It is a problem car companies in Detroit would love to have these days: not enough cars to meet soaring demand.
But that is exactly what is happening with Hyundai Motor India Ltd. Insufficient capacity is crimping the carmaker's ability to meet domestic demand as well as serve export markets from its Chennai plant. As a result, the car giant has to revise downward its India sales growth expectations this year to a five-year-low: down 5 percentage points compared with 18.5 per cent last year.
The Indian unit of the Korean carmaker is running at a full capacity of three lakh vehicles at its Chennai plant that makes cars for both the home and export markets. Hyundai is working on adding a second manufacturing facility in the same city that will double capacity. The only catch: the second factory will only be operational 11 months from now, in November.
"On hindsight, we have miscalculated" the demand and capacity match for the cars, said Arvind Saxena, vice president for marketing and sales at Hyundai.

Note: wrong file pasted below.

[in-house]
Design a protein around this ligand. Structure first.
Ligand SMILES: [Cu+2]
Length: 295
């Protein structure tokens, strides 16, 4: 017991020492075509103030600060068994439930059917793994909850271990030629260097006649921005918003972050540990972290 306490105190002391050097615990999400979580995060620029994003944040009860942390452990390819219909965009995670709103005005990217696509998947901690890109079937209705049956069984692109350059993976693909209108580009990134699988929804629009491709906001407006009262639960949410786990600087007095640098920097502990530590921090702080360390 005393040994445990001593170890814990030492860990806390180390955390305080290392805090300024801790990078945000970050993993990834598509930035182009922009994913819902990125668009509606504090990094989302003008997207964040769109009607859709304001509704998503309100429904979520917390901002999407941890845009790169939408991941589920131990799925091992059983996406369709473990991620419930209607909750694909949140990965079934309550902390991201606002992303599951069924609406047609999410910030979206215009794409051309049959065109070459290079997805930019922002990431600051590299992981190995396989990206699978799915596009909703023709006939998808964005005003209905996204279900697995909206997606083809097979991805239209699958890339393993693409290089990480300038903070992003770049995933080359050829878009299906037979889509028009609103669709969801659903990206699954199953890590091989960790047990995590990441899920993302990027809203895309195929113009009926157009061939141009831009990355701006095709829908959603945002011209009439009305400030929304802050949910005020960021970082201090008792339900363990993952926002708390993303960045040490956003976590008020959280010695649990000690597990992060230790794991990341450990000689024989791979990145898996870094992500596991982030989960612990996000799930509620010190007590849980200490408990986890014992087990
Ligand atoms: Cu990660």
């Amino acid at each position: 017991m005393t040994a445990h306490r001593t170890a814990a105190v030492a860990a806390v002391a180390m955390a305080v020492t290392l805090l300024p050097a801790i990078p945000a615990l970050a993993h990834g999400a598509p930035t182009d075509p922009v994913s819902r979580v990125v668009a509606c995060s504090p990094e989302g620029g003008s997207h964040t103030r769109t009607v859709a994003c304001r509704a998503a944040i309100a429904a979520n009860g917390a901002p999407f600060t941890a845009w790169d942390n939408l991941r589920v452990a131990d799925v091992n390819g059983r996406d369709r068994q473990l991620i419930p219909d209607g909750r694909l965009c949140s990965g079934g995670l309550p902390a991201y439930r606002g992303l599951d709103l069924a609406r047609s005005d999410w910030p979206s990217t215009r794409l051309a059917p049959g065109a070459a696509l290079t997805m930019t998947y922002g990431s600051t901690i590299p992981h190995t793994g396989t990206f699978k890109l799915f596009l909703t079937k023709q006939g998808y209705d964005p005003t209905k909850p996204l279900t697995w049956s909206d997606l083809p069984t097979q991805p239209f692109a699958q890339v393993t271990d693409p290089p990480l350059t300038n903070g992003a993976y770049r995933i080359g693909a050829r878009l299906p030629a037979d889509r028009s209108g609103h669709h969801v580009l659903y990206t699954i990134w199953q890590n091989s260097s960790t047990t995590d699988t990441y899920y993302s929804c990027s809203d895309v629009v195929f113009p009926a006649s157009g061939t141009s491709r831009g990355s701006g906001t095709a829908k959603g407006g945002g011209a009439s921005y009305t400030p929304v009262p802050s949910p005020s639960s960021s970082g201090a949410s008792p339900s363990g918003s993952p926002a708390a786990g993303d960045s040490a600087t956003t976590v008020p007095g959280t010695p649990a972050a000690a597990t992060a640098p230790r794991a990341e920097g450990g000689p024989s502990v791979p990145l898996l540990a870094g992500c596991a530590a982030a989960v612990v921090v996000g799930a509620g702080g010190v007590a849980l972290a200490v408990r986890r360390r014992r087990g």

Hyundai, which makes the popular Santro model in India, sells 1.86 lakh cars a year making it the No 2 seller in India. The rest of its production out of India is currently exported.
Market leader Maruti sells half of the passengers cars bought in India's 10 lakh-a-year market. This market is forecast to grow at 15 per cent to 18 per cent in 2007 with vehicle demand hitting two million units by 2010, according to the Society of Indian Automobile Manufacturers.
In a market where 2,740 cars are bought every day, the capacity bottleneck may hurt Hyundai's market share, analysts say.
"Domestic sales (for Hyundai) might get hit unless they have flexibility on export orders," said Ashutosh Goel, auto sector analyst for broking firm Edelweiss Securities.
But Hyundai uses its Indian factory to make all the Santros it sells worldwide. The company is also India's largest exporter of cars, even though the Chennai unit makes only 11.2% of the 2.6 million cars it makes globally. And Hyundai says it already has an export order backlog from Chennai of 18,000 vehicles.
So, Hyundai employees are putting extra effort to get more cars out of its existing factory.
Many Hyundai employees in India are sporting badges that say CC34, for Challenge and Change 34. The internal target: produce 3.4 lakh cars a year from a factory that is built, under normal production conditions, to produce three lakh vehicles. "We will do our best to make sure we won't lose market share" said Saxena.
While India is a strategic market for Hyundai, any decline in growth rates is likely to have a small impact on the parent company, Hyundai Motor Co. That's because India is a small part of overall sales of Hyundai globally, notes Sanjeev Rana, an analyst with Merrill Lynch in Seoul. He currently has a neutral recommendation on Seoul-based Hyundai Motor Co.